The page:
For the purposes of this discussion, I’m going to break gear risk down into three components: 1) Internal risk, 2) Accessibility risk, and 3) Environmental risk. Acknowledging that these components do, of course, have some interdependencies, let’s look at these forms of risk in greater detail. To help ground these seemingly academic distinctions, I will carry the analysis of our aforementioned second stage throughout the discussion.

Internal Risk

This asks the question, “What is the probability the gear will work as it’s supposed to when it is needed.” How complex is the gear? How many internal components (i.e. how many possible failure points are there in the item)? Are the components electronics, mechanical, or some of both? The more internal components that are crucial to the function, the greater the risk of failure (i.e. more failure points). While risk describes a level of danger, a failure point represents a component whose individual failure renders the equipment inoperable.

Taking our octopus example, the selection of what secondary to put on the end of the hose is crucial. While most of your gear is quite literally your life support system, many people place an inordinate focus on the cost of the gear. This concern over cost must be weighed carefully against what risk are being managed (or exacerbated). Why would you want your secondary regulator to be of a lower quality than your primary? If you have to resort to it, you should expect the same level of performance that your primary affords you. This helps reduce physical and psychological stress and in turn, reduces the likelihood of greater gas consumption during its use. To draw conveniently from a couple handy clichés to make the point: Do you want to place your life in the hands of “the lowest bidder?” And: “How much is your life worth?”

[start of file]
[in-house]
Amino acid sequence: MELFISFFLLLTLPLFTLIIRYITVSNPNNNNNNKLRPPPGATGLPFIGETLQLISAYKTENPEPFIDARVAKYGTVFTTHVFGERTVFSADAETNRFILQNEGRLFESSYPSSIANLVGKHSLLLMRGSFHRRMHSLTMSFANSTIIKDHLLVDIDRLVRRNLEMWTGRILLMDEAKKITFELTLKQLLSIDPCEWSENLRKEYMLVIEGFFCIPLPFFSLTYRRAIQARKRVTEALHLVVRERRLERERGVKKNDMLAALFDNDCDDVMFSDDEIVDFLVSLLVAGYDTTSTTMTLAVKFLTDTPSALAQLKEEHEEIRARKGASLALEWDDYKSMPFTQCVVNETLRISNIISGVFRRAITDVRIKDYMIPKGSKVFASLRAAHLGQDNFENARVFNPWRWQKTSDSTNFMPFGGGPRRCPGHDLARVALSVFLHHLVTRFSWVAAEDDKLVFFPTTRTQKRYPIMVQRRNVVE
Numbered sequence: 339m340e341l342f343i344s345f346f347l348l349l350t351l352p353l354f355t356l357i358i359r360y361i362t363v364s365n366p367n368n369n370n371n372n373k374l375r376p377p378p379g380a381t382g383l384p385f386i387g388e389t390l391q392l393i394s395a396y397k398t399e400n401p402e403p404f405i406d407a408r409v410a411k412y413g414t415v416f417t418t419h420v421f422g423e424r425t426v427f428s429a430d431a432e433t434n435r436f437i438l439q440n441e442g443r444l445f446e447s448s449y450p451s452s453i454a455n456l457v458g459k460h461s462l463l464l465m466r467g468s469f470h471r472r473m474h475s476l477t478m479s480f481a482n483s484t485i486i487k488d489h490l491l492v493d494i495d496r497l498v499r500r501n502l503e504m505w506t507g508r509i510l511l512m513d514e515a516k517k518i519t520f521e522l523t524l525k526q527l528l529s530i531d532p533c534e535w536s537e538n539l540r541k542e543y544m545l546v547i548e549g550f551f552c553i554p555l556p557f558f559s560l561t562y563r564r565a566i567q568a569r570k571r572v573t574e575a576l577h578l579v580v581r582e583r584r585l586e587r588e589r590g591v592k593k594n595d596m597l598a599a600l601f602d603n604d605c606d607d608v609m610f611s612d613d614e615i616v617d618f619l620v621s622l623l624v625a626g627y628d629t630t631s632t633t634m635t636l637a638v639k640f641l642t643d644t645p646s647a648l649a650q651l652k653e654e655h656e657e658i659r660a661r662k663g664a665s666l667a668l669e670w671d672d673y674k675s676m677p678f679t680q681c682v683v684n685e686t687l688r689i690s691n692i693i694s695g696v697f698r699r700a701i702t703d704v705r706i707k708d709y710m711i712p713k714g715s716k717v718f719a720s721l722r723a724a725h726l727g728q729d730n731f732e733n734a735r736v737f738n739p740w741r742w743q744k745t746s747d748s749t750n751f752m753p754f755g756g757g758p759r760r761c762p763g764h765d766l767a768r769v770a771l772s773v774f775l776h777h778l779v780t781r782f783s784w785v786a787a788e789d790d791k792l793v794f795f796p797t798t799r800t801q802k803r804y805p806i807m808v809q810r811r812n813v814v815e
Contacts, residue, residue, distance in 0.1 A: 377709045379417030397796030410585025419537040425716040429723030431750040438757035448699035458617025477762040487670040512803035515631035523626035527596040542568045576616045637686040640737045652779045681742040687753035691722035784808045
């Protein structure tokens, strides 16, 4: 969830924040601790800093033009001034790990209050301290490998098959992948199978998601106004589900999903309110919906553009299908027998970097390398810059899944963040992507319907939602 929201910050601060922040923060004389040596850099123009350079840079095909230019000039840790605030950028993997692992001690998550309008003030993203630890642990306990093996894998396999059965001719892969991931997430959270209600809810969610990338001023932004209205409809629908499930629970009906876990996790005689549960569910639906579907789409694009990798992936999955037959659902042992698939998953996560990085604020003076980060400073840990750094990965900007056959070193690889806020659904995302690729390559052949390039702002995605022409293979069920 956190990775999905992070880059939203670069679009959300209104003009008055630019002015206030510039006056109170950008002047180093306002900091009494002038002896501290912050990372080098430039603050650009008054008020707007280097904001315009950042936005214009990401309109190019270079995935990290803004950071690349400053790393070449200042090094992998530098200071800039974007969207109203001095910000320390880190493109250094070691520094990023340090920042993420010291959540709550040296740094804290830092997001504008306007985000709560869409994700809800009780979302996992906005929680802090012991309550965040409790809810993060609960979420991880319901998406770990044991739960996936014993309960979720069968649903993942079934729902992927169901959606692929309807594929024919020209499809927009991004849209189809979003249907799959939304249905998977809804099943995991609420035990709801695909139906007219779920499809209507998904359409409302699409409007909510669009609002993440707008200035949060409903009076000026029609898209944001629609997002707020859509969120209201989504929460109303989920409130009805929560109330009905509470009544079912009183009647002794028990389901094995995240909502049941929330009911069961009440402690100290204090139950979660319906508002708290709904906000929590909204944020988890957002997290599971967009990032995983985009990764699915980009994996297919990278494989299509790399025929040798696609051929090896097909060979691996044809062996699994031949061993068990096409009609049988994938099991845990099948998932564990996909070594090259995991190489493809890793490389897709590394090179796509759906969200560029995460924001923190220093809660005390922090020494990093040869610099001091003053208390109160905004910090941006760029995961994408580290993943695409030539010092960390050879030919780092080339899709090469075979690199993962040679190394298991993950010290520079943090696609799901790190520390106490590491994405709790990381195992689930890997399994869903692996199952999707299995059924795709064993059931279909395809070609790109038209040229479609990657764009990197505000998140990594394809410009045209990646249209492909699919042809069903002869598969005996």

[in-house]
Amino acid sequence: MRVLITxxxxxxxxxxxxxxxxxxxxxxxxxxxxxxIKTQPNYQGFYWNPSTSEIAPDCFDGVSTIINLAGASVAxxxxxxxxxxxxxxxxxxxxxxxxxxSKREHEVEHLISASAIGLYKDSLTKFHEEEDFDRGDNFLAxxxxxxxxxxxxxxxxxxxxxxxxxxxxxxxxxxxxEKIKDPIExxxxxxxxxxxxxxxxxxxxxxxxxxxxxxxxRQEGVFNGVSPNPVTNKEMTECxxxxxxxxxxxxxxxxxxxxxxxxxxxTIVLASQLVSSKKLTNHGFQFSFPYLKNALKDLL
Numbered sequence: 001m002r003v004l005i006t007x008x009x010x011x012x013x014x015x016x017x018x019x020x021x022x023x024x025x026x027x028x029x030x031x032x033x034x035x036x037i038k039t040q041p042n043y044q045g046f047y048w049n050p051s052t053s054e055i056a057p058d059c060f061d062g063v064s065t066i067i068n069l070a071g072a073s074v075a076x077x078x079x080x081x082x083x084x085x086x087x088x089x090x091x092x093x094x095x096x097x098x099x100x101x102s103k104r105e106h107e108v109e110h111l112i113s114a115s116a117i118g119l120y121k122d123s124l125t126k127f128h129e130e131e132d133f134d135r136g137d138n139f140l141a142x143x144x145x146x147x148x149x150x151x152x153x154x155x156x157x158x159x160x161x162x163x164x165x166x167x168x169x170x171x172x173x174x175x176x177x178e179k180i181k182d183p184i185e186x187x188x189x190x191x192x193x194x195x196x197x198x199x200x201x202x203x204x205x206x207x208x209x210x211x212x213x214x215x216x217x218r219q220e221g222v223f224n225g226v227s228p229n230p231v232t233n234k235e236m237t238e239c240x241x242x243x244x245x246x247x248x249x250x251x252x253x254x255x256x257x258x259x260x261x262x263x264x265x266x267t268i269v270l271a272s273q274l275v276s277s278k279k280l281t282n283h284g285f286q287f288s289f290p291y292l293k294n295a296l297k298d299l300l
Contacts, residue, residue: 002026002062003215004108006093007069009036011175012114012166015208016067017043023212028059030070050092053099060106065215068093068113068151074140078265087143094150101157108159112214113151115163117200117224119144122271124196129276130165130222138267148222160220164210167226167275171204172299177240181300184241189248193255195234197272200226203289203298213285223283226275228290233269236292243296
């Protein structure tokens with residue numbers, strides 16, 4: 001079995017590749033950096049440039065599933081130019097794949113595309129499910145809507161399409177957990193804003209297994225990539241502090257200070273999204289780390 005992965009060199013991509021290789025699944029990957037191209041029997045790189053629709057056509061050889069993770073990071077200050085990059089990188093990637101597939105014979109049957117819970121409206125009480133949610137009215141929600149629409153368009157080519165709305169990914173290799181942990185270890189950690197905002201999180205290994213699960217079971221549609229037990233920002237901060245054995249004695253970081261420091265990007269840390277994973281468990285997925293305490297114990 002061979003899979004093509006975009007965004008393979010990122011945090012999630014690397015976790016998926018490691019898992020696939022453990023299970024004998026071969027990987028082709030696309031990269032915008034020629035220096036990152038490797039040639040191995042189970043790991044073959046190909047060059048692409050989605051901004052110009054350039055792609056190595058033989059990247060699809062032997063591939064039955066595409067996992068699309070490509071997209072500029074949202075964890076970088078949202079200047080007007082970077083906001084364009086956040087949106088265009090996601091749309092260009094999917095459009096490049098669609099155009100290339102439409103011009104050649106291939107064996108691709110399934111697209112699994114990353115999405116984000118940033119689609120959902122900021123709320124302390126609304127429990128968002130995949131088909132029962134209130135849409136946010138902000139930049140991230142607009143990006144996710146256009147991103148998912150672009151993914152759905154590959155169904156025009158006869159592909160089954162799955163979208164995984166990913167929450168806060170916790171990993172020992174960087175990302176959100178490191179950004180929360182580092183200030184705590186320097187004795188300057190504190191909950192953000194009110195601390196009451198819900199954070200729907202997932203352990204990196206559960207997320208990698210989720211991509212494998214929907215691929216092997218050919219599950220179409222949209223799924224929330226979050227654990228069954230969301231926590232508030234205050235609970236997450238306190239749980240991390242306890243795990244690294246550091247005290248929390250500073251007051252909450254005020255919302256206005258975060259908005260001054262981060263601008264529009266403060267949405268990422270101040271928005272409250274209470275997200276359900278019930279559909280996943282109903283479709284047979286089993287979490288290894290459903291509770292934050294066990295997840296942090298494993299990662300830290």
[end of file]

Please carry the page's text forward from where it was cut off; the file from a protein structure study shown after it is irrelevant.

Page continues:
A secondary risk is, given a functional failure, what is the reparability of the item. Can the gear be readily repaired underwater (i.e. immediately repaired)? For example, second stages with screw off covers are preferred over models where the diaphragm cannot be accessed without tools. This allows for re-setting the pop-it and flushing out foreign objects that may be causing a free-flow or other undesirable events.

Accessibility Risk

This one is a little more obvious. Now that we have an octopus that should work as expected and, in the event of probable failures, can be fixed, we next ask: “Can the gear be deployed so that it can be used as intended?” In other words, can it be reached and deployed – regardless of the circumstances? With our new high performance and functioning octopus, we need to figure out the optimal location to store it. Since this is a back-up device, it has to be “stowed away” and may not be needed at all, but it must
always be readily available. One of the signature characteristics of Hogarthian configuration is the location of the octopus. It is worn like a necklace, resting just below the chin, held in place by a thin bungee tied around the mouthpiece. Ease of deployment is crucial. Given its location, some divers can retrieve it without using their hands by tilting their head down. For the less adept, it still takes only one free hand and a split second – even is zero visibility – to move the regulator into the mouth. If the necklace is too long the octopus will flop around and potentially get entangled with other equipment; it could also be more difficult to grasp in an emergency. If the necklace is to short, you can’t raise it to your mouth and keep it comfortable seated in your mouth for use. In the Hogarthian configuration, the octopus hose comes off of the regulator mounted over the left shoulder, laying behind the BC, and draped over the right shoulder. Hose length is selected to ensure that the second stage rests just below the chin and the hose doesn’t “hang” off the shoulder – another entanglement hazard.